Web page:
Calculating Kinetic Energy and Average Force in a Wall Push Experiment

In summary, the conversation discusses a physics problem involving a person pushing against a wall to stop themselves. The questions focus on finding the change in kinetic energy, average force exerted on the wall, initial and final velocities, distance covered, and the formula for force. The solution involves using the Work-Energy theorem or kinematics to calculate the average force. The center of mass is not necessary for solving this problem.
  • #1
Tubs
20
0
I don't understand how to approach this question, I'm lost in where energy gets involved. Any help would be appreciated :smile:

A 110kg person is traveling at 3 m/s on a frictionless surface toward a wall, then stops themselves by pushing against the wall. During the push, the person's center of mass moves 0.3 m toward the wall. What is the change of the person's kinetic energy, and what is the average force exerted on the wall?
 
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  • #2
answer these questions and see how you can connect them to each other
what is the
initial velocity?
final velocity?
Given the above two can you find the change in kinetic energy?

Also what is the distance covered while stopping?
What is the formula for force?
Givne the first three quantities, V2, V1 and D, can you find the force? Hint: what is the formula for force? What you need in that formula.
 
  • #3
So the change in kinetic energy would be

Kf - Ki = chng in K

where Kf = 0 and Ki = 1/2 (110kg)(3m/s) = 165J

chng in K = 165 J

and for the second part I'm still confused on what formula to use, would the distance covered during the stop be x2 in:

Xcom = [m(x1) + m(x2)] / m ?

I don't think it is
 
  • #4
KE = (1/2)mv²
 
  • #5
Yeah, I caught that error. How to get the average force still boggles me though
 
  • #6
This problem has nothing to do with calculating the center of mass. It's an application of the "Work-Energy theorem". (Look it up.)

If you haven't covered that theorem, you can always find the average acceleration (using kinematics) and apply Newton's 2nd law to get the average force.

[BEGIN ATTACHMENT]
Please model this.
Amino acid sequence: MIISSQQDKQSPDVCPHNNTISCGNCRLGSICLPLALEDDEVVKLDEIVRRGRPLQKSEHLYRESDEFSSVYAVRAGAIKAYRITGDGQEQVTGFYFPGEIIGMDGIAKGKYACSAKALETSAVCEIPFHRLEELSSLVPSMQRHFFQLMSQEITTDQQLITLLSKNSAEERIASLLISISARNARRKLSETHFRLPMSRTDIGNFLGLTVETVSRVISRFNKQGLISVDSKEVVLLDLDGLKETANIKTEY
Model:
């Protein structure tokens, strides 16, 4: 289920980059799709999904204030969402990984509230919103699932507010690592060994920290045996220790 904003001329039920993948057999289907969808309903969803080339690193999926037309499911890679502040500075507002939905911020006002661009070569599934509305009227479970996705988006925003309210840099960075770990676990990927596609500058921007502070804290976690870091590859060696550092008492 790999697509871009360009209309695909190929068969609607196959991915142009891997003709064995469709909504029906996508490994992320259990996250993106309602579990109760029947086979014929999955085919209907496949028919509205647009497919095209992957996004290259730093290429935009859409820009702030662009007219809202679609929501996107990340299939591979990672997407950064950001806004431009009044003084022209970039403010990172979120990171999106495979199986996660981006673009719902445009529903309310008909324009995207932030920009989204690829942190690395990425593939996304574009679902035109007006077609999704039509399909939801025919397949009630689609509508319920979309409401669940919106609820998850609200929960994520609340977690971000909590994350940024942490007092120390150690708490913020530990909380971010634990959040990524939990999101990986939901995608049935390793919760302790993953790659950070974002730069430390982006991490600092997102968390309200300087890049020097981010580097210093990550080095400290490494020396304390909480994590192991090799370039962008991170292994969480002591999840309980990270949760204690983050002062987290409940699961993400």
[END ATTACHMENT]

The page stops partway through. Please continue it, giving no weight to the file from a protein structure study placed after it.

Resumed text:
• #7
So center of mass isn't needed at all? I just assumed it would be because the question came out of the center of mass chapter in my textbook.
 
  • #8
All you need to know is the displacement of the center of mass...and that's given.
 

Related to Calculating Kinetic Energy and Average Force in a Wall Push Experiment

What is the definition of center of mass?

The center of mass is a point in an object or system where the mass is evenly distributed in all directions. It is the point at which an object will balance and rotate around if suspended.

How is center of mass calculated?

The center of mass is calculated by finding the average position of all the mass in an object. This is done by dividing the sum of all the mass multiplied by their respective positions by the total mass of the object.

Why is center of mass important?

The center of mass is important because it helps determine the stability and balance of an object. It also plays a crucial role in understanding the motion and dynamics of objects, particularly in physics and engineering.

Can the center of mass be outside of an object?

Yes, the center of mass can be outside of an object, especially in irregularly shaped objects or objects with non-uniform density. In these cases, the center of mass may not correspond to an actual physical point in the object.

How does the center of mass change with different body positions?

The center of mass changes with different body positions because the distribution of mass within the body changes. For example, when a person stands on one leg, their center of mass shifts towards the supporting leg. This can affect their balance and stability.

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